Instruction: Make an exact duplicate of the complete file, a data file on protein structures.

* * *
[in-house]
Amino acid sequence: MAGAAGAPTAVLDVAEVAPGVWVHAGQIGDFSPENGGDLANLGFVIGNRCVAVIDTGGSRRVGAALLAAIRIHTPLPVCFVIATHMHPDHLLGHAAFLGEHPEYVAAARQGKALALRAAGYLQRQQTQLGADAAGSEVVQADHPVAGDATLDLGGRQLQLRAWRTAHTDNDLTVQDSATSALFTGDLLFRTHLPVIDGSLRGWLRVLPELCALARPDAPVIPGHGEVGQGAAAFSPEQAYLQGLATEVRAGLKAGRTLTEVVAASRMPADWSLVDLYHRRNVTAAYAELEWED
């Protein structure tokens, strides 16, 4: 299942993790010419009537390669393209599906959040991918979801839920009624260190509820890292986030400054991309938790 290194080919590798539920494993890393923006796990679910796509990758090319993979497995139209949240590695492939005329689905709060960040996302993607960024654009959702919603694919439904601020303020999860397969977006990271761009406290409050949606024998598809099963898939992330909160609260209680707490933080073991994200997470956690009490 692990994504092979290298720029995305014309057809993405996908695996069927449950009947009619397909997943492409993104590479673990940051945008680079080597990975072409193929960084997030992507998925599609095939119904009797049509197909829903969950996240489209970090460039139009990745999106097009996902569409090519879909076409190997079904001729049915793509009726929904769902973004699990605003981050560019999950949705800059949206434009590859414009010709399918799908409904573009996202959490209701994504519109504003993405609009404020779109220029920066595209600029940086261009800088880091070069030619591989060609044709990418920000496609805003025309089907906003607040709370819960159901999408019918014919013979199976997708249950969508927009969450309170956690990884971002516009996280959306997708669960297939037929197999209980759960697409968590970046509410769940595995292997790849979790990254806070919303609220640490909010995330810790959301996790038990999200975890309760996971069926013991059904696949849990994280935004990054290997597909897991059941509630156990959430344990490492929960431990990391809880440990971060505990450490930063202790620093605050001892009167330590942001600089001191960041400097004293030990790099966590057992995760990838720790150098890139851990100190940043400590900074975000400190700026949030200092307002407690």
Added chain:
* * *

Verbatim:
[in-house]
Amino acid sequence: MAGAAGAPTAVLDVAEVAPGVWVHAGQIGDFSPENGGDLANLGFVIGNRCVAVIDTGGSRRVGAALLAAIRIHTPLPVCFVIATHMHPDHLLGHAAFLGEHPEYVAAARQGKALALRAAGYLQRQQTQLGADAAGSEVVQADHPVAGDATLDLGGRQLQLRAWRTAHTDNDLTVQDSATSALFTGDLLFRTHLPVIDGSLRGWLRVLPELCALARPDAPVIPGHGEVGQGAAAFSPEQAYLQGLATEVRAGLKAGRTLTEVVAASRMPADWSLVDLYHRRNVTAAYAELEWED
């Protein structure tokens, strides 16, 4: 299942993790010419009537390669393209599906959040991918979801839920009624260190509820890292986030400054991309938790 290194080919590798539920494993890393923006796990679910796509990758090319993979497995139209949240590695492939005329689905709060960040996302993607960024654009959702919603694919439904601020303020999860397969977006990271761009406290409050949606024998598809099963898939992330909160609260209680707490933080073991994200997470956690009490 692990994504092979290298720029995305014309057809993405996908695996069927449950009947009619397909997943492409993104590479673990940051945008680079080597990975072409193929960084997030992507998925599609095939119904009797049509197909829903969950996240489209970090460039139009990745999106097009996902569409090519879909076409190997079904001729049915793509009726929904769902973004699990605003981050560019999950949705800059949206434009590859414009010709399918799908409904573009996202959490209701994504519109504003993405609009404020779109220029920066595209600029940086261009800088880091070069030619591989060609044709990418920000496609805003025309089907906003607040709370819960159901999408019918014919013979199976997708249950969508927009969450309170956690990884971002516009996280959306997708669960297939037929197999209980759960697409968590970046509410769940595995292997790849979790990254806070919303609220640490909010995330810790959301996790038990999200975890309760996971069926013991059904696949849990994280935004990054290997597909897991059941509630156990959430344990490492929960431990990391809880440990971060505990450490930063202790620093605050001892009167330590942001600089001191960041400097004293030990790099966590057992995760990838720790150098890139851990100190940043400590900074975000400190700026949030200092307002407690």
Added chain: